NPR Admits Some Mistakes, Stops Short of Apology
BY Lucas Grindley
August 04 2011 7:05 PM ET
The NPR journalists whose report this week portrayed the merits of conversion therapy as up for debate are now admitting they made mistakes.
Morning Edition aired a report Monday that featured an interview with Rich Wyler, founder of an organization promoting "ex-gay" therapy, and Peterson Toscano, who says the therapy was mentally damaging. NPR health reporter Alix Spiegel and her editor, Anne Gudenkauf, claim that even if they wrongfully gave equal weight to both men's arguments at the start of the piece, the facts were made clear eventually.
"We did not label Mr. Wyler as the minority experience and Mr. Toscano as the majority until late in the piece," they conceded to the NPR ombudsman, who wrote a column posted today on the ensuing outrage.
But what the journalists are referring to is a single sentence of fuzzy math that concluded the nine-minute story. Spiegel had summed up the piece by proclaiming, "For every Wyler, there are dozens of gay men and women who will struggle through a process that asks them to annihilate a part of themselves."
They did not explain to the ombudsman where the estimate comes from that one in "dozens" will benefit from so-called reparative therapy. Instead, they said their mistake was assuming that listeners "would not need to have this spelled out" from the outset.
"We believed that our listeners are well informed about [lesbian, gay, bisexual and transgender] issues and thus would not need to have this spelled out at the start of the story," they said. "But after hearing some of the reaction we got, we feel like placing this information in the beginning of the piece rather than the end, would have better served our listeners."
No one in the ombudsman's piece apologizes for the presentation, as they were called on to do by Wayne Besen, founder of Truth Wins Out, in a guest op-ed posted by The Advocate earlier this week.
NPR's acting senior vice president for news, Margaret Low Smith, comes the closest.
"The story needed much more context," she is quoted as saying in the ombudsman's column. "We should have put the whole idea of conversion therapy into perspective. Not doing so meant the listener had no data to understand how common this practice is and how many people seek it out. The absence of context undercut the value of our reporting."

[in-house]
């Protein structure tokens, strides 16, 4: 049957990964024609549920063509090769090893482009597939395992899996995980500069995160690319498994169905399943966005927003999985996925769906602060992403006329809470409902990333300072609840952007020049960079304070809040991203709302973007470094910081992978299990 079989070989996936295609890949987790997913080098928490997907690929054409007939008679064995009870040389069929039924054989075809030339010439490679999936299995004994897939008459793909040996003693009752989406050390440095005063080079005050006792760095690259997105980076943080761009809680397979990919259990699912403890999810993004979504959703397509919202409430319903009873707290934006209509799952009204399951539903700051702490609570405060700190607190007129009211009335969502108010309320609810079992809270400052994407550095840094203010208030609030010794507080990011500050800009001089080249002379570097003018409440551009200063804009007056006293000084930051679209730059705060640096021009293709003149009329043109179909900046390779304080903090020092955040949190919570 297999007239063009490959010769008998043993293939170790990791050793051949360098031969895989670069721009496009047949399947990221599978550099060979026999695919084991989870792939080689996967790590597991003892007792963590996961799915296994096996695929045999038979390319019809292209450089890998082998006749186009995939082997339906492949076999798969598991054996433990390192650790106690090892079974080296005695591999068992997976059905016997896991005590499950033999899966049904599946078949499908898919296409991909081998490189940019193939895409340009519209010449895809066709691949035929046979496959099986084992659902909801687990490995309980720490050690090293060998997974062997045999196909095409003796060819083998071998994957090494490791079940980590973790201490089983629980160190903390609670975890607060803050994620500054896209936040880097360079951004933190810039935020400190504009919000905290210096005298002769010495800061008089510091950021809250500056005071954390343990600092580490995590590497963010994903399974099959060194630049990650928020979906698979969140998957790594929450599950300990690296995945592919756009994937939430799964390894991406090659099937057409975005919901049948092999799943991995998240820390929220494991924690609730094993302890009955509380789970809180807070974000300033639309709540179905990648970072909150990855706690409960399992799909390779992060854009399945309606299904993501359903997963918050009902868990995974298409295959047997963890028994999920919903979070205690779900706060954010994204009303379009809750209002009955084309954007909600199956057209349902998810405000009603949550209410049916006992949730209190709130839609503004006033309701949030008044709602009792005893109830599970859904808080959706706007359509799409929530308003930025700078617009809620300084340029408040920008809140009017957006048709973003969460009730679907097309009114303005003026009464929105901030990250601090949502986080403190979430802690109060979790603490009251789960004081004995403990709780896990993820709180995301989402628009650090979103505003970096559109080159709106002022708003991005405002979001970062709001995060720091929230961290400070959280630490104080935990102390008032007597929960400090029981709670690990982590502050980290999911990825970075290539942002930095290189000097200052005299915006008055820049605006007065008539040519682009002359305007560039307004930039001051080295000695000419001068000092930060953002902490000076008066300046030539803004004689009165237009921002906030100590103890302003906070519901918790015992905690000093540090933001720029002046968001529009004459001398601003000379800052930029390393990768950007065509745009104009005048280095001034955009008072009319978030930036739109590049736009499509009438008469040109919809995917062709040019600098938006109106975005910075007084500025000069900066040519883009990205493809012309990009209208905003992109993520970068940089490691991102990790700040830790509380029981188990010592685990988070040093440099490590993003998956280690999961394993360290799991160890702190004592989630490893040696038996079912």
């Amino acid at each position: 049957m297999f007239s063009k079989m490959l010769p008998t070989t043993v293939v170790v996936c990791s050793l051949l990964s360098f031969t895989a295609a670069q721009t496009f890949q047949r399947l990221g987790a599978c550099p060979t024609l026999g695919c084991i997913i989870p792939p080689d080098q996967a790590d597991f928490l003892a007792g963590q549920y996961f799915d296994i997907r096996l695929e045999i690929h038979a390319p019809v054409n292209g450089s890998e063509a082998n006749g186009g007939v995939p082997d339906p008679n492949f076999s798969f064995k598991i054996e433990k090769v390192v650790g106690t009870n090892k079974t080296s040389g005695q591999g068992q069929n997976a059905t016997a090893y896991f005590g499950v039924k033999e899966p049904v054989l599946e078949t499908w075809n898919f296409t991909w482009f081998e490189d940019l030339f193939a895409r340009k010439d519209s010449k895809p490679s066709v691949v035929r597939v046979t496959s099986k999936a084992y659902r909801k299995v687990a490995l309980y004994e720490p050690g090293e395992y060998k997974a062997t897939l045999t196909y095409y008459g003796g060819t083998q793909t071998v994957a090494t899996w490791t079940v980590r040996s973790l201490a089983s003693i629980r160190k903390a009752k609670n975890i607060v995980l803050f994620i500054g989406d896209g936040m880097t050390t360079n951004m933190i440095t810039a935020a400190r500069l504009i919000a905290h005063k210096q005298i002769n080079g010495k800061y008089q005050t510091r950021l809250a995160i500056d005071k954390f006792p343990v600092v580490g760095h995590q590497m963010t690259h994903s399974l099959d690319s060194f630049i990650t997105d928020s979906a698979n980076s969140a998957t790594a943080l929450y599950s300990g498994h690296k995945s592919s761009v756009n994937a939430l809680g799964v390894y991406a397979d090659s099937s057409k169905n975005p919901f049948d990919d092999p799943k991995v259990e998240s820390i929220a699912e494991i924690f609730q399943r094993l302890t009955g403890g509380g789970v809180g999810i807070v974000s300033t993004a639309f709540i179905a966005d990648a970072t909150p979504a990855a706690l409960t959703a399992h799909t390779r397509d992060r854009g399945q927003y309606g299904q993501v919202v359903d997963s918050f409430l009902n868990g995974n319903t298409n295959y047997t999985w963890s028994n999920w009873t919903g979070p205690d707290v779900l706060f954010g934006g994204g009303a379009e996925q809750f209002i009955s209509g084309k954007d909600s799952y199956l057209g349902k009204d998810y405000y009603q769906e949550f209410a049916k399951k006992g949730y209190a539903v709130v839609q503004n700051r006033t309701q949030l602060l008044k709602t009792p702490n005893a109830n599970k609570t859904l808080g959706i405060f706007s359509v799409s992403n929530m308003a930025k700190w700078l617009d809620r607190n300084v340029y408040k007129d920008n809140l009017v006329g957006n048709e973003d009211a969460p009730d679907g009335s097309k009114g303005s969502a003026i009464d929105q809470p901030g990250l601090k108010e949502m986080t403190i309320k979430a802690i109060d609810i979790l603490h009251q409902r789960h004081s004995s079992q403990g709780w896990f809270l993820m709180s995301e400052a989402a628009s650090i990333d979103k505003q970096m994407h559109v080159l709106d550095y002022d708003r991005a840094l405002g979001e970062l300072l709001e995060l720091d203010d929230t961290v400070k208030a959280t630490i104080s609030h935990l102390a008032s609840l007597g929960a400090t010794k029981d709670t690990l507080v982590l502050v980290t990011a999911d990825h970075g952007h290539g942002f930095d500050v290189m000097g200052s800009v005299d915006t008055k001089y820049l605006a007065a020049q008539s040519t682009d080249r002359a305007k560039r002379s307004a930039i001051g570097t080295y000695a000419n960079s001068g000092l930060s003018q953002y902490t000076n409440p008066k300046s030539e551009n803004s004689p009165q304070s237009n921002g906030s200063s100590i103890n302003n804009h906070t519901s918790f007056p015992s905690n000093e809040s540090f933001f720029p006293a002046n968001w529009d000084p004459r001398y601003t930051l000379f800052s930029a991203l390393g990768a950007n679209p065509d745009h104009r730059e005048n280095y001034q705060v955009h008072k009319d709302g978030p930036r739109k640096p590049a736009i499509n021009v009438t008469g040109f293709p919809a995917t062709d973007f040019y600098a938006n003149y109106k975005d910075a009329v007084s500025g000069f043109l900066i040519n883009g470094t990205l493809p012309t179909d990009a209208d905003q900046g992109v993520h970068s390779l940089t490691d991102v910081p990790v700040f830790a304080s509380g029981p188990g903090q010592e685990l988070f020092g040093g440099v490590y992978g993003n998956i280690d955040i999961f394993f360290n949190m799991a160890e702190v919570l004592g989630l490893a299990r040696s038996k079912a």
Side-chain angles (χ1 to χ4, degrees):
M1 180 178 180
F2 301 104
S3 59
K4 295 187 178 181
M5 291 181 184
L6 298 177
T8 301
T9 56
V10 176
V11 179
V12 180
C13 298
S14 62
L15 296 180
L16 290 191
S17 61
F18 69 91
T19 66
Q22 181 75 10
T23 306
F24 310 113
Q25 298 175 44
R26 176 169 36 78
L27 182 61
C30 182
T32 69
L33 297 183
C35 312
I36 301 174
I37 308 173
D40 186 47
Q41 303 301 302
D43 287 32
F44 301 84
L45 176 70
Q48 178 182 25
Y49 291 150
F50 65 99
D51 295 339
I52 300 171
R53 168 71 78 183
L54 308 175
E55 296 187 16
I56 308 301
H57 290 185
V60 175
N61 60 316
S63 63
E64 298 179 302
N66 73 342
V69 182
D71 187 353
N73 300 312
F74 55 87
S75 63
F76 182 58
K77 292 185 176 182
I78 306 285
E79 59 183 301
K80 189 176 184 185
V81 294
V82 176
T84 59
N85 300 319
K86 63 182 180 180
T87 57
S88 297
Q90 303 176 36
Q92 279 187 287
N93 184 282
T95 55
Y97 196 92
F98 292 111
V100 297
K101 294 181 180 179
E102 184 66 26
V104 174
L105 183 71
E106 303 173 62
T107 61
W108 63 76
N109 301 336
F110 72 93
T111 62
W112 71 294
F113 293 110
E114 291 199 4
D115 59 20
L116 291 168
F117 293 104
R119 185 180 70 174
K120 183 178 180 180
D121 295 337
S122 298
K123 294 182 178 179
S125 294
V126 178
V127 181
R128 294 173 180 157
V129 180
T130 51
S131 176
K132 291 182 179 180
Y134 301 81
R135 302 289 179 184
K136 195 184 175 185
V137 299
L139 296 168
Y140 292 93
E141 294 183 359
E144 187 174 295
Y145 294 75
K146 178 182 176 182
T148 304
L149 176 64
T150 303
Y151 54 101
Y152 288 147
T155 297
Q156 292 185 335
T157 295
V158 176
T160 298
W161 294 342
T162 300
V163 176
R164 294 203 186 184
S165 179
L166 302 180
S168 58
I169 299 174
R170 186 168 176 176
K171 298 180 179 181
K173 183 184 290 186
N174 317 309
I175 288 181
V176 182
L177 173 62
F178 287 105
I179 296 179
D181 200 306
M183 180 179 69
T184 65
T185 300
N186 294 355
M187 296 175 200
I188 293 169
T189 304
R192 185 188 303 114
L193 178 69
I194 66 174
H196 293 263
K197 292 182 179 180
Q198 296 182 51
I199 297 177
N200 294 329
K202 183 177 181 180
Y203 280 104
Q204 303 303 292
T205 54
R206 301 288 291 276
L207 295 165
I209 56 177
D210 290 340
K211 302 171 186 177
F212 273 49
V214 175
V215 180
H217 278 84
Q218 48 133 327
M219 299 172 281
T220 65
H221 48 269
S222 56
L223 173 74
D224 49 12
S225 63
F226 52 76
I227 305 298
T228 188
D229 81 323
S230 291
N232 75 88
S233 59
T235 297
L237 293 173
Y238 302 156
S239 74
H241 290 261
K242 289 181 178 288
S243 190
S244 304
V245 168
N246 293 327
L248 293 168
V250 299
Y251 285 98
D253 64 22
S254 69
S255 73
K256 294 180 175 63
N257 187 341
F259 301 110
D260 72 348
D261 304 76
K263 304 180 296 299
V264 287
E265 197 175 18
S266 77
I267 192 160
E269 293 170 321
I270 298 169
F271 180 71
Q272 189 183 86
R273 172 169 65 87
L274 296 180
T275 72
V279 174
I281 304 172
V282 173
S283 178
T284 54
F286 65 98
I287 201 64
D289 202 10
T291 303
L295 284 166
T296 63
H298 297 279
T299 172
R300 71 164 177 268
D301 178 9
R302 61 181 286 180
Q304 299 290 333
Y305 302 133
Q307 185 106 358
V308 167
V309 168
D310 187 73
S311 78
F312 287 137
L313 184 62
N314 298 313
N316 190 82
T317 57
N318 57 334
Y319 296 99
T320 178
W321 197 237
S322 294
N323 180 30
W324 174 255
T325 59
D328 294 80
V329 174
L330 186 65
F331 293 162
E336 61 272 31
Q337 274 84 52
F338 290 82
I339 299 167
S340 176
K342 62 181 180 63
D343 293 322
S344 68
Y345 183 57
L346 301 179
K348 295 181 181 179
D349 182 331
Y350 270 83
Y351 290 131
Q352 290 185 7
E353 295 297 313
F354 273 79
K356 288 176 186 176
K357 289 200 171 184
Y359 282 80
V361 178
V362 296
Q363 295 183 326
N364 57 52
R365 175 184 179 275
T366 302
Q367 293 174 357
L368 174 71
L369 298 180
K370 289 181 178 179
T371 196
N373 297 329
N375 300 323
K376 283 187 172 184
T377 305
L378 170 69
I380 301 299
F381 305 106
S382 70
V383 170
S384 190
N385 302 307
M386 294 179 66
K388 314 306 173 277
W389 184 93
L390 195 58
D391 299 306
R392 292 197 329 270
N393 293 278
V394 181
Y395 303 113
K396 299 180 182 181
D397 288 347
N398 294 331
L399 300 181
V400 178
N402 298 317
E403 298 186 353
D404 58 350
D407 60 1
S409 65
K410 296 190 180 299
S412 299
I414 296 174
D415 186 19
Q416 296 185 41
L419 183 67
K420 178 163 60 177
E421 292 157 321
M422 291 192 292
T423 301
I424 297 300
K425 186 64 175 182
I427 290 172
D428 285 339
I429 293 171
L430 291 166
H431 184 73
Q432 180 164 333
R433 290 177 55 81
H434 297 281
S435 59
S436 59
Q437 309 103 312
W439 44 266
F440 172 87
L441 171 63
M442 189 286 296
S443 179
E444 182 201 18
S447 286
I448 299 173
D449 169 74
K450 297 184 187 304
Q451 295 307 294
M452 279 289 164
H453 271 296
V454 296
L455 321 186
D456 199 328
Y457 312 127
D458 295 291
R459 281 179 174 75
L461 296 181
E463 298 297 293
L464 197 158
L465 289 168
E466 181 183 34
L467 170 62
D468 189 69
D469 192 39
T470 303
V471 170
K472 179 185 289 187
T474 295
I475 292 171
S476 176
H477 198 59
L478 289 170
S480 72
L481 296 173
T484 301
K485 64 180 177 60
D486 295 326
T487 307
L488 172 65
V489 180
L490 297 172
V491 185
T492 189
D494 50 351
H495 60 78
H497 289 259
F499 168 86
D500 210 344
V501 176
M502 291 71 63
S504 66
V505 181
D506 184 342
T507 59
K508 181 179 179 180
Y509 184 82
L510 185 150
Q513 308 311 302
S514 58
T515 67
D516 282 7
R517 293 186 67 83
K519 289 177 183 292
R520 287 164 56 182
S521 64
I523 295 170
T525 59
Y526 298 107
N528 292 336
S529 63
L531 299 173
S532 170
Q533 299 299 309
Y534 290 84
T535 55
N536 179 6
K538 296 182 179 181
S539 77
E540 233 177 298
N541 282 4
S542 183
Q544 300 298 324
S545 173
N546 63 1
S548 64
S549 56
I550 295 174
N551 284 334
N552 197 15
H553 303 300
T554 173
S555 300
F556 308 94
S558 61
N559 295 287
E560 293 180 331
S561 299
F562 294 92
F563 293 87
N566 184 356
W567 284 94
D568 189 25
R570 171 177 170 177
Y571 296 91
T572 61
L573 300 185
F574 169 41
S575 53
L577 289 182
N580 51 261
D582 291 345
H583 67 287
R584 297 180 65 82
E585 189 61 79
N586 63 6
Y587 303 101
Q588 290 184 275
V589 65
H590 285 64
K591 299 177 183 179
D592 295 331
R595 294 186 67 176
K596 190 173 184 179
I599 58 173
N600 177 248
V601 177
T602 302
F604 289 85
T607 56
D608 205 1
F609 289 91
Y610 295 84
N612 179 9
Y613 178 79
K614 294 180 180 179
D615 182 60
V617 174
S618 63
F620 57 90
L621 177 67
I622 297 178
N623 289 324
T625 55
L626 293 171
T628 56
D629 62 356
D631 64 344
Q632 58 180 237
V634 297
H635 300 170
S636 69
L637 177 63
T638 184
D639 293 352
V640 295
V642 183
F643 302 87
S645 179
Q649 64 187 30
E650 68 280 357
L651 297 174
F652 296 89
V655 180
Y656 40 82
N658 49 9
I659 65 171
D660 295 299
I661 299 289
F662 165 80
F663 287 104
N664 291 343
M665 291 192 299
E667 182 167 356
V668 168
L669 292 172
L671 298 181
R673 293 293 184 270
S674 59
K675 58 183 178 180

In a separate statement, Smith added that the story miscommunicated a central point.
"We also unintentionally left the impression with some listeners that the establishment psychological community only began to discount conversion therapy in the last few years," Smith said. "Though some therapists disagree with that mainstream view, it has been widely held for many years."
The fact that Wyler profits as the founder of People Can Change by offering reparative therapy was also not added for context in the original story. The NPR journalists say they should have mentioned it but that the information wouldn't have mattered.
The ombudsman said, "Spiegel and Gudenkauf acknowledge that they should have reported on air that Wyler founded an organization that claims to help men who have same-sex attraction to change. But they said that Toscano, too, profits from his experience, writing a play and giving speeches about it."
The journalists said that, in their judgment, both men are sincere.
"We don't think that they believe what they do about their experiences because they are now active on these topics," Spiegel and Gudenkauf told the ombudsman. "Rather they are active because of what they experienced and believe."
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